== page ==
"You shall know the truth, and the truth shall make you odd." ~Flannery O'Connor

Wednesday, August 04, 2010

Organizing apologetics

Perhaps I'm weird, but I must admit that, even when I was alienated from the Catholic Church in youth, I never had any principled difficulty with the faith/reason relation. I always took for granted that the two are compatible, even before I learned that the Church teaches as much. Of course, and like most other thoughtful people, I did have difficulties with certain specific issues. But the Catholic Church has shown, at least to me, that she has means to address such issues reasonably without compromising what she says is de fide.

As we all know, though, more than half the Christian world disagrees. I say "more than half" because, even though about half of all Christians were baptized in the Catholic Church, many educated Catholics reject what I've just said the Church has shown me. The two most common objections to Catholicism one hears from educated Christians, including some who are nominally Catholic, are: (1) Distinctively Catholic doctrines are not rationally necessitated by the early sources, and so shouldn't be thought to belong to divine revelation as distinct from human tradition, and (2) The course of Catholic doctrinal development yields internal inconsistency at the highest level, so that the Church's claim to infallibility--even under limited conditions--is not credible. It might be useful to others for me to state here, in baldest outline, what I offer as answers to such objections. Such a way of organizing the arguments, if sound and taken to heart, would save a lot of people a lot of wheel-spinning.

(1) misconceives the nature of divine revelation and the assent of faith thereto. Divine revelation does not consist primarily in a set of propositions to be inferred from writings and other evidence from the past. Such things, to be sure, are indispensable for preserving the Church's collective memory of what's been handed on by the Spirit through Sacred Tradition. Yet at bottom, what's handed on is the reality of the decisive encounter between God and man in Christ Jesus. Forms of words, archeological evidence, comparative religion, and so on merely help express that. Now if Christianity is true, then by God's design, the ongoing encounter between God and man takes place through something called "the Church" even though, as is the case with many who hear the call to faith in Christ, it needn't start in the Church. Yet without being in any way limited to the authority of the Church, said encounter always and necessarily depends on a visible, clearly identifiable ecclesial authority which exercises God's own authority as revealer and sanctifier. For without such an authority, the content and power of divine revelation would end up appearing only as a matter of opinion. That, for us, would be no revelation at all, and assent to it, such as it is, would be no faith at all. Despite how different they are in many respects, Aquinas and Newman made essentially that argument. Following them, it's one that I've long made myself.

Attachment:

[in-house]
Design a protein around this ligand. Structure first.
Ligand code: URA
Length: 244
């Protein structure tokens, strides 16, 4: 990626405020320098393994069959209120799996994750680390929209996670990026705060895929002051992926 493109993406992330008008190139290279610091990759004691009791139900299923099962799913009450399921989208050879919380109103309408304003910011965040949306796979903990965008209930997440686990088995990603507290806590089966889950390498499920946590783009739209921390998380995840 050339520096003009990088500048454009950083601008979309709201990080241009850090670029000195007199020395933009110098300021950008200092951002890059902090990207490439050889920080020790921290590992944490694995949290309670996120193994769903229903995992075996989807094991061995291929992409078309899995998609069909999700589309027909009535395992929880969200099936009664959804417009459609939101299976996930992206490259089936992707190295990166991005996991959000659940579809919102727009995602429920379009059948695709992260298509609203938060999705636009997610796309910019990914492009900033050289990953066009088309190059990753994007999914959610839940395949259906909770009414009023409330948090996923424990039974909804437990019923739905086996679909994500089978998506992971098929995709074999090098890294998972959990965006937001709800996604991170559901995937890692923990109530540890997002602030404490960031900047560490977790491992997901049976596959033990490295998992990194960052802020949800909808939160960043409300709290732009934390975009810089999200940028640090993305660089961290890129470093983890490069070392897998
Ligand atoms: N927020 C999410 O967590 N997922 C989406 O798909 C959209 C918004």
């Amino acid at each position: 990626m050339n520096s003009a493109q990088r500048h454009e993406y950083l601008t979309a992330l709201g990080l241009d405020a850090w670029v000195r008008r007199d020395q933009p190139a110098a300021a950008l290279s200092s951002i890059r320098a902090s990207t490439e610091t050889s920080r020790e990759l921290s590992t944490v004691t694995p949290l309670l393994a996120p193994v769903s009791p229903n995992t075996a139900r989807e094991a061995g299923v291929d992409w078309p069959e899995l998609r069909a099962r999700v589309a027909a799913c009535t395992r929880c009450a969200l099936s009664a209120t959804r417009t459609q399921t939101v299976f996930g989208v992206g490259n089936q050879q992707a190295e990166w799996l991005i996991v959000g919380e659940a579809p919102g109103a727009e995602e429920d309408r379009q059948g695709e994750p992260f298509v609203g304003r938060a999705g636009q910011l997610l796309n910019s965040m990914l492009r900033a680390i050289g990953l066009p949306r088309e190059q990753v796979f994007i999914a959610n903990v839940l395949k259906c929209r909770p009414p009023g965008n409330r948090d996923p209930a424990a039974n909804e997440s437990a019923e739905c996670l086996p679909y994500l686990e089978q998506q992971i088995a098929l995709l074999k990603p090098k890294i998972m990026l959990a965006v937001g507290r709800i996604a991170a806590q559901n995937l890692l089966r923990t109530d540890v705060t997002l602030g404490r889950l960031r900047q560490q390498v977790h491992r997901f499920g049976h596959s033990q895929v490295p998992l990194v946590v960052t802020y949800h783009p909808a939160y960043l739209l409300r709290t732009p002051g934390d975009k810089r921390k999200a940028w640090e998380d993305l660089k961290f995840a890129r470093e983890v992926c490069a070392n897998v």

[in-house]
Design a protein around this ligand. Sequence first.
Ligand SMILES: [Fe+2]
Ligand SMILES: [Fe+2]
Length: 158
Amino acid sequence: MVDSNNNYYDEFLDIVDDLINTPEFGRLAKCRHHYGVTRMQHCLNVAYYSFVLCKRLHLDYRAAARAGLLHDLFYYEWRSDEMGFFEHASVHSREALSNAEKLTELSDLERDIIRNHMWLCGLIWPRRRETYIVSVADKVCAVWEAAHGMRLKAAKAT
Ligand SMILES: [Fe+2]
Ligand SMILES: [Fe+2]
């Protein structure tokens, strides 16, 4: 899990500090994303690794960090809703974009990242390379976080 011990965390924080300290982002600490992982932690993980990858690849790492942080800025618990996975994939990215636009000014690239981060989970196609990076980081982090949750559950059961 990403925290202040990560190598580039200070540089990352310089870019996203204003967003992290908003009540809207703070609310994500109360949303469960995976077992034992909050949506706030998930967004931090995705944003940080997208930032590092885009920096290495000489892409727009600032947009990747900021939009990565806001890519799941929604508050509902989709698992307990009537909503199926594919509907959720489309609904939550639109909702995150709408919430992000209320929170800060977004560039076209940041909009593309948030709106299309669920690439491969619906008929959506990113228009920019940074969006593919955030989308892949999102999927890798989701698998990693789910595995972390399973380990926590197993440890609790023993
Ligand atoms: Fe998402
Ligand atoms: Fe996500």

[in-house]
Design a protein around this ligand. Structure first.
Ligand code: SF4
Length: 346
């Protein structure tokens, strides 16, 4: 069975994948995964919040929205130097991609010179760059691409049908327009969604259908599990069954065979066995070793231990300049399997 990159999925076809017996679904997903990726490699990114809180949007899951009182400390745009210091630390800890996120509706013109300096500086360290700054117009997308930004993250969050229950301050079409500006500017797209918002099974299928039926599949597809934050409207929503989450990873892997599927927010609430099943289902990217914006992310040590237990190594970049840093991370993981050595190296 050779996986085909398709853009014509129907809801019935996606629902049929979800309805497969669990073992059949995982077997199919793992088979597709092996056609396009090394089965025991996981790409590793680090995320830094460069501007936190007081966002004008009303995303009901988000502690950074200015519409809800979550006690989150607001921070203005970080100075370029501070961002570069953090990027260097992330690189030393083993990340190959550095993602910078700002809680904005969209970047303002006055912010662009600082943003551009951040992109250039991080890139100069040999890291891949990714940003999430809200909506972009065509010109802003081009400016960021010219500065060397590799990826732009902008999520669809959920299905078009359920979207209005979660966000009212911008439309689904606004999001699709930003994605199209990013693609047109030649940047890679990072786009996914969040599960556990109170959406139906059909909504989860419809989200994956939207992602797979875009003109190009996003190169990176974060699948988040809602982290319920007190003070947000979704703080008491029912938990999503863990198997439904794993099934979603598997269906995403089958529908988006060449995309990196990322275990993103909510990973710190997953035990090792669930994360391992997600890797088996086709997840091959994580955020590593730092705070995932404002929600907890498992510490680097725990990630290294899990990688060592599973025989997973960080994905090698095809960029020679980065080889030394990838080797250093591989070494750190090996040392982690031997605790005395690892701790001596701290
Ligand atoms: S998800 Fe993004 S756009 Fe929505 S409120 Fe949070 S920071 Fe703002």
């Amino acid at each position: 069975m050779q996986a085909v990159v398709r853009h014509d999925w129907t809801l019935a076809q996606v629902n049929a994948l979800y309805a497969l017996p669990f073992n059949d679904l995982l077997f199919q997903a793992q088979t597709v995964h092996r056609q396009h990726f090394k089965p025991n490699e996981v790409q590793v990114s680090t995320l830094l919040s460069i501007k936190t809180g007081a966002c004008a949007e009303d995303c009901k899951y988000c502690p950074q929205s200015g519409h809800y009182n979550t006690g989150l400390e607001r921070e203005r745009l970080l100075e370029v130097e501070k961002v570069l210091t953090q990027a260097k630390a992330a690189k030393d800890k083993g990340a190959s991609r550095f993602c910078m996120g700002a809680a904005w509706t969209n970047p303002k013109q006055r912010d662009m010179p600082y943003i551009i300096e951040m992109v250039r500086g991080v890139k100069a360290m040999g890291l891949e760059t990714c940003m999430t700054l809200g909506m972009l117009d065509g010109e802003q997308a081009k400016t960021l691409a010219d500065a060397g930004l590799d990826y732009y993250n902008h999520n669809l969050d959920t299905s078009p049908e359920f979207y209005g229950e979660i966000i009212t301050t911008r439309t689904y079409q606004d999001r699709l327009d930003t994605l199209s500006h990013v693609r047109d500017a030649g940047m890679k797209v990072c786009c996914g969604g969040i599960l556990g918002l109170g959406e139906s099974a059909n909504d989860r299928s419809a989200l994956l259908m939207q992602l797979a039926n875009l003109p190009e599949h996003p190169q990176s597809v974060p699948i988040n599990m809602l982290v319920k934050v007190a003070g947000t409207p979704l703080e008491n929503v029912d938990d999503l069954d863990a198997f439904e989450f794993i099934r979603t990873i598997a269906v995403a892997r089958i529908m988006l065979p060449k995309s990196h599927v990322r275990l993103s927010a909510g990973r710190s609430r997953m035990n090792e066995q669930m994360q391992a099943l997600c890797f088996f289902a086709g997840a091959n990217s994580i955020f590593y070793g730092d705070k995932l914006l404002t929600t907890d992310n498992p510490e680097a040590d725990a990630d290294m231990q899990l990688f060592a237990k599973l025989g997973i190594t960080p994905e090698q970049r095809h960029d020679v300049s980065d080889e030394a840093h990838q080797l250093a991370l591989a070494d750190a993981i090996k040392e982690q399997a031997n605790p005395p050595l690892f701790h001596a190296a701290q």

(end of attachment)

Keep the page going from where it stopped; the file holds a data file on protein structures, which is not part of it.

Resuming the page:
What about (2)? As an argument, it begs the question either at the outset or in the end. In some formulations it premises, as the only reasonable ones to adopt, interpretations of Catholic doctrine that yield contradictions. But if the Magisterium's claims for itself are true, said premise is false. There must be other reasonable interpretations of Catholic doctrine that are collectively self-consistent, and those turn out to be just the ones the Magisterium itself, the author of the doctrines in dispute, has come to adopt. Given as much, the objector needs to show that interpretations yielding contradictions are ones that the Magisterium itself once adopted, and did so in such a way that its own criteria for infallibility were thereby satisfied. But those who press (2) usually don't try to show that. When they do, they end up begging the question all over again—by assuming a way of applying the criteria for infallibility that the Magisterium itself would reject.

Now it should go without saying, but often needs to be said, that successfully rebutting (1) and (2) does not prove Catholicism to be true. Indeed, given the Catholic understanding of how reason and faith are interrelated, nothing could "prove" Catholicism to be true. Faith is a divine gift that can only be accepted freely. If there were compelling arguments for Catholicism, then those who recognize as much would be compelled to believe, which is not faith. The role of reason in coming to faith is to show that faith is fully compatible with reason, not that reasoning compels it. That, of course, does not rule out the possibility that there are compelling arguments against Catholicism. But it is precisely the task of apologetics to show that there are no such arguments. In this post I've sketched two examples of how to carry out that task. I've elaborated those examples elsewhere, especially on this blog.
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